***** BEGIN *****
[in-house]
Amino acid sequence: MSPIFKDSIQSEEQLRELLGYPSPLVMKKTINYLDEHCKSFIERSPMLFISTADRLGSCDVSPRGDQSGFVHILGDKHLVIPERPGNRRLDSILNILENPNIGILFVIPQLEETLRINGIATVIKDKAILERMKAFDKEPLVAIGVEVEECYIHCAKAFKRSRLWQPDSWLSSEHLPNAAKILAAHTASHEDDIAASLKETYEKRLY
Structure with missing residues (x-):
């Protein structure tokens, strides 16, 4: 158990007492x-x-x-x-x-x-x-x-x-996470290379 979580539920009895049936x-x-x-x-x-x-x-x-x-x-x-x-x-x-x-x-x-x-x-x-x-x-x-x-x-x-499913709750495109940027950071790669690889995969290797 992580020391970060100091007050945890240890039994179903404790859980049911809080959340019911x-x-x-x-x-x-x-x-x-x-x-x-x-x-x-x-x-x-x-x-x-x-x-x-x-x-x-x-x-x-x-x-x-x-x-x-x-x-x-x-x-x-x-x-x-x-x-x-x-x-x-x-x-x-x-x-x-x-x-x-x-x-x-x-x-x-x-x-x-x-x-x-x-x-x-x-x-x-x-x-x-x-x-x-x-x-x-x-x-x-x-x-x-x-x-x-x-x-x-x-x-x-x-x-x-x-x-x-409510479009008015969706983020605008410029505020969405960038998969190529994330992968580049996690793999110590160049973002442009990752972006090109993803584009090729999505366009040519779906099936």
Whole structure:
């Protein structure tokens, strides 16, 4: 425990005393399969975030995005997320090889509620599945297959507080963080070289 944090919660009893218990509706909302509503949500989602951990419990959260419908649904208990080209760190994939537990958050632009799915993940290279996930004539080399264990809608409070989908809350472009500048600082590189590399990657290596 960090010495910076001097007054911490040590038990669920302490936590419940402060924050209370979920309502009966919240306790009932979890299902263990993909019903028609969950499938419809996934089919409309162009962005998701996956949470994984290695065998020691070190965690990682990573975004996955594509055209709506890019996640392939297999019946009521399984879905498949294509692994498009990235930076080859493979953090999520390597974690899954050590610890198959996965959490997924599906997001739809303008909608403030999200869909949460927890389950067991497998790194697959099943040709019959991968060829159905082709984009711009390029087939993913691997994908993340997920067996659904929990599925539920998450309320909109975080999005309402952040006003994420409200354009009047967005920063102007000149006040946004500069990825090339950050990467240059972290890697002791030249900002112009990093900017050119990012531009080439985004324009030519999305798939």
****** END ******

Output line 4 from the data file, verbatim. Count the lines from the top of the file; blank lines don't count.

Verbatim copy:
């Protein structure tokens, strides 16, 4: 158990007492x-x-x-x-x-x-x-x-x-996470290379 979580539920009895049936x-x-x-x-x-x-x-x-x-x-x-x-x-x-x-x-x-x-x-x-x-x-x-x-x-x-499913709750495109940027950071790669690889995969290797 992580020391970060100091007050945890240890039994179903404790859980049911809080959340019911x-x-x-x-x-x-x-x-x-x-x-x-x-x-x-x-x-x-x-x-x-x-x-x-x-x-x-x-x-x-x-x-x-x-x-x-x-x-x-x-x-x-x-x-x-x-x-x-x-x-x-x-x-x-x-x-x-x-x-x-x-x-x-x-x-x-x-x-x-x-x-x-x-x-x-x-x-x-x-x-x-x-x-x-x-x-x-x-x-x-x-x-x-x-x-x-x-x-x-x-x-x-x-x-x-x-x-x-409510479009008015969706983020605008410029505020969405960038998969190529994330992968580049996690793999110590160049973002442009990752972006090109993803584009090729999505366009040519779906099936």